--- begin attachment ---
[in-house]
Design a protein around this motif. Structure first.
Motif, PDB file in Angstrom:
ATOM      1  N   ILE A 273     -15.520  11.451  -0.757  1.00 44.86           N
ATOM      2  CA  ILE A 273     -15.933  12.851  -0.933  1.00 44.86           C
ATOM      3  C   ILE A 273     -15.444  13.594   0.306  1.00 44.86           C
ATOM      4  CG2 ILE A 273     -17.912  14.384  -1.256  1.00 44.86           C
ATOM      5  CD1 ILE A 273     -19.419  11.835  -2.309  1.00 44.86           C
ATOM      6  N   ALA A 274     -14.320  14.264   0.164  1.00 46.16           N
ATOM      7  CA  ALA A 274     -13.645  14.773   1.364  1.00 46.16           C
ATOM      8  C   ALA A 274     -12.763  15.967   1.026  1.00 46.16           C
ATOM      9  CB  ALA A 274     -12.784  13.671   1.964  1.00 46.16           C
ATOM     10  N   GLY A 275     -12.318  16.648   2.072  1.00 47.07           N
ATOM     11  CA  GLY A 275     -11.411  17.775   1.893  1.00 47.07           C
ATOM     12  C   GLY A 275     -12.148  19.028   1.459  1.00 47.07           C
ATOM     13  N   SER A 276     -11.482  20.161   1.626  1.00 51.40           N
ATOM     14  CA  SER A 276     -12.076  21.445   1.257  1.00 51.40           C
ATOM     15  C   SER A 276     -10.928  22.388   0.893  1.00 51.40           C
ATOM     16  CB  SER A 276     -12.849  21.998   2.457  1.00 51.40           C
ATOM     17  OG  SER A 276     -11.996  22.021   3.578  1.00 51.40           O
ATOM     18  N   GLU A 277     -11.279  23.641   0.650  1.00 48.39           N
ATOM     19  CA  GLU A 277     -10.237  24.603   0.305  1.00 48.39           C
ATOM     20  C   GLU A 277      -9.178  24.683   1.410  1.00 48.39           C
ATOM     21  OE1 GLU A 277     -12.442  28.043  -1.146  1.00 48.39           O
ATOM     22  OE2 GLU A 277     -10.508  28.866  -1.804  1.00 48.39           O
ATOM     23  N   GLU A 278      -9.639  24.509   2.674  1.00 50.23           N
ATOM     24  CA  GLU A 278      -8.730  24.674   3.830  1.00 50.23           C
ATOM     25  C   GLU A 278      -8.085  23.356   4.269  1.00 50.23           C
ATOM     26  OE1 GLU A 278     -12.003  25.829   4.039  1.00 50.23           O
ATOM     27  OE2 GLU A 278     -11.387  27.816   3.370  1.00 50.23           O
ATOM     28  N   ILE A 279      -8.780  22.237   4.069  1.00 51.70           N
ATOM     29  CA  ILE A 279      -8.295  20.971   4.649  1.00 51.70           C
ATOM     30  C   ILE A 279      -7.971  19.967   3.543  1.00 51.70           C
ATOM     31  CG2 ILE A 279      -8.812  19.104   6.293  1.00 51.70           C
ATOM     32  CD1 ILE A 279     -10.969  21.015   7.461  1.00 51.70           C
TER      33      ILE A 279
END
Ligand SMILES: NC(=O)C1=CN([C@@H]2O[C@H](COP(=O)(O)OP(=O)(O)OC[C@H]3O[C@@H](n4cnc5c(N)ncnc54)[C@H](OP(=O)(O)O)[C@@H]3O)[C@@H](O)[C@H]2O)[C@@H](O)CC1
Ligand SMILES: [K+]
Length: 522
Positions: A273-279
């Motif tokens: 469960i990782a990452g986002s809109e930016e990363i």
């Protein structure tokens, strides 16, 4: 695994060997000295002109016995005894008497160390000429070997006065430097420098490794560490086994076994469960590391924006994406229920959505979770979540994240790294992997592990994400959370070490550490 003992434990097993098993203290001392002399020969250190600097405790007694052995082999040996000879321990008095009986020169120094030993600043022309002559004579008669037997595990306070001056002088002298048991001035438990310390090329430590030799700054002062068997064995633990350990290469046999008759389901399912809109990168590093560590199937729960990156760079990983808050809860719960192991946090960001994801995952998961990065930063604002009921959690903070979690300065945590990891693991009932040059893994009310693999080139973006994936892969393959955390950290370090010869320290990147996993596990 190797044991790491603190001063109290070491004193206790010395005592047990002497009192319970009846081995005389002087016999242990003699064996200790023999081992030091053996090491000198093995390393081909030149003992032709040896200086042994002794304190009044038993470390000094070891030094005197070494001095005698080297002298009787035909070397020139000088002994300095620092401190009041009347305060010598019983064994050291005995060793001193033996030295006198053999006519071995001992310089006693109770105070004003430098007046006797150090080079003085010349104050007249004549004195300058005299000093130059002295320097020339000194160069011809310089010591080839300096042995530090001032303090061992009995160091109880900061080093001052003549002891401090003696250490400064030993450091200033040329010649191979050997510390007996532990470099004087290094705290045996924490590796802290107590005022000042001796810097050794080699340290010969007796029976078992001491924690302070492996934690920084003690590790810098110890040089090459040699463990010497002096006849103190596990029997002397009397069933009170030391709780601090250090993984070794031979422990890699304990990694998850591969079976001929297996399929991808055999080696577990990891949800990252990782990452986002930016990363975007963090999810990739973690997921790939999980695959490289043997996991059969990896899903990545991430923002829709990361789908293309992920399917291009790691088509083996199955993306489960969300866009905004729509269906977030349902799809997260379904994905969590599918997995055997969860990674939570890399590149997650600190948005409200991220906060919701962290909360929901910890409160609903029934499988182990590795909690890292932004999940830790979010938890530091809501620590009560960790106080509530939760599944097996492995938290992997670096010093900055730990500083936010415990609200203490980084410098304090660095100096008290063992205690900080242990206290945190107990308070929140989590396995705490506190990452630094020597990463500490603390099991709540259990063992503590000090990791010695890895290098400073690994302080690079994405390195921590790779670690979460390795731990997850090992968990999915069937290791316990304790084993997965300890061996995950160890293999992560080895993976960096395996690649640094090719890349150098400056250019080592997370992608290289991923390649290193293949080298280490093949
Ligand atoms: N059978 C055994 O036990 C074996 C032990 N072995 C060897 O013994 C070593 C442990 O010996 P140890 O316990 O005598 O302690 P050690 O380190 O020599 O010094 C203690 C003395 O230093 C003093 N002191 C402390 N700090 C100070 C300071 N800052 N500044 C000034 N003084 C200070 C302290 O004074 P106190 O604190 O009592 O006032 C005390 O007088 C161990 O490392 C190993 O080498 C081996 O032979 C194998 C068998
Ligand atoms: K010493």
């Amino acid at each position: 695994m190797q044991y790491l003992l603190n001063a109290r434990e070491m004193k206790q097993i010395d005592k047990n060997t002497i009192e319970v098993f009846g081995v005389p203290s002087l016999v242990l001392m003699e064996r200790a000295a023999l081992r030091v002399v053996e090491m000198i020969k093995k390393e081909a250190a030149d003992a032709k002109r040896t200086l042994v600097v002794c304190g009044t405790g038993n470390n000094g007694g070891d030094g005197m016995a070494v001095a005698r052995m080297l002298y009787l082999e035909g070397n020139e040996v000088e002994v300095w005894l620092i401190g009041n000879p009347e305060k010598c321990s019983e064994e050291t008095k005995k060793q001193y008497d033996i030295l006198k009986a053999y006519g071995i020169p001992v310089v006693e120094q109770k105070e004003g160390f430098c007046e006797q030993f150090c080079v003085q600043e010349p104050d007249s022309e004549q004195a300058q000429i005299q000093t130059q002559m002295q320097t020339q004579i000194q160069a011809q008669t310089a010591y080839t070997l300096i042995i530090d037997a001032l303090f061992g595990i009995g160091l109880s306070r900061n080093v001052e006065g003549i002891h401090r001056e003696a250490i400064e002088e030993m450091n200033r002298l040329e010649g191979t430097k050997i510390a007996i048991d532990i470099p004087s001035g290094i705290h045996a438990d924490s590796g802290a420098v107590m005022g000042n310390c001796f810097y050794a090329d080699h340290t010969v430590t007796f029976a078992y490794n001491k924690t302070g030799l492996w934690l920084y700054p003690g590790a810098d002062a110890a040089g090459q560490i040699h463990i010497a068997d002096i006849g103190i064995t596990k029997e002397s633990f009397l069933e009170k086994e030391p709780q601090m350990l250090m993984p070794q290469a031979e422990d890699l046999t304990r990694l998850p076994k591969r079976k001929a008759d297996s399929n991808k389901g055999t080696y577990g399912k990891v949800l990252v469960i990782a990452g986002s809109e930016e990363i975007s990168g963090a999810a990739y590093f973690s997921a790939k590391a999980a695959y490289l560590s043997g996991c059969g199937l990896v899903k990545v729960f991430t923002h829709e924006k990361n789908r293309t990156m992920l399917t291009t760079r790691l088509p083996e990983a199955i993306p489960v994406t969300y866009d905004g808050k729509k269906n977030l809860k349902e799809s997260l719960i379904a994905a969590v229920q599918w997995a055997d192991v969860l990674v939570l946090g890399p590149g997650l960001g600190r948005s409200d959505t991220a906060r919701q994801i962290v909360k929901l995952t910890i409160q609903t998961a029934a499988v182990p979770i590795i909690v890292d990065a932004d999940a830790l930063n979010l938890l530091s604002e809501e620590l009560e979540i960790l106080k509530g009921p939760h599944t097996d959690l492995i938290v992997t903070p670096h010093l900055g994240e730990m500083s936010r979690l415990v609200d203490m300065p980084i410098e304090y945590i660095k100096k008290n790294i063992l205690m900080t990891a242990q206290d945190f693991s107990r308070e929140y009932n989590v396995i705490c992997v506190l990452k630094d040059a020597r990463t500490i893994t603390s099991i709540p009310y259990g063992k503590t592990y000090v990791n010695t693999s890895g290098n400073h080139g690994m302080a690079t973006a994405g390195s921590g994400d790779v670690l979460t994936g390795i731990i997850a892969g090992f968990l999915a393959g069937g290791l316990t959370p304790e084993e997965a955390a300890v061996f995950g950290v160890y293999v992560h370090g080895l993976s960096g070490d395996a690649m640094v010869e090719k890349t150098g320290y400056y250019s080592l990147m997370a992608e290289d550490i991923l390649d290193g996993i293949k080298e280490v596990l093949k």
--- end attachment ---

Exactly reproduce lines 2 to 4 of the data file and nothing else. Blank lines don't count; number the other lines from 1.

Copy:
Design a protein around this motif. Structure first.
Motif, PDB file in Angstrom:
ATOM      1  N   ILE A 273     -15.520  11.451  -0.757  1.00 44.86           N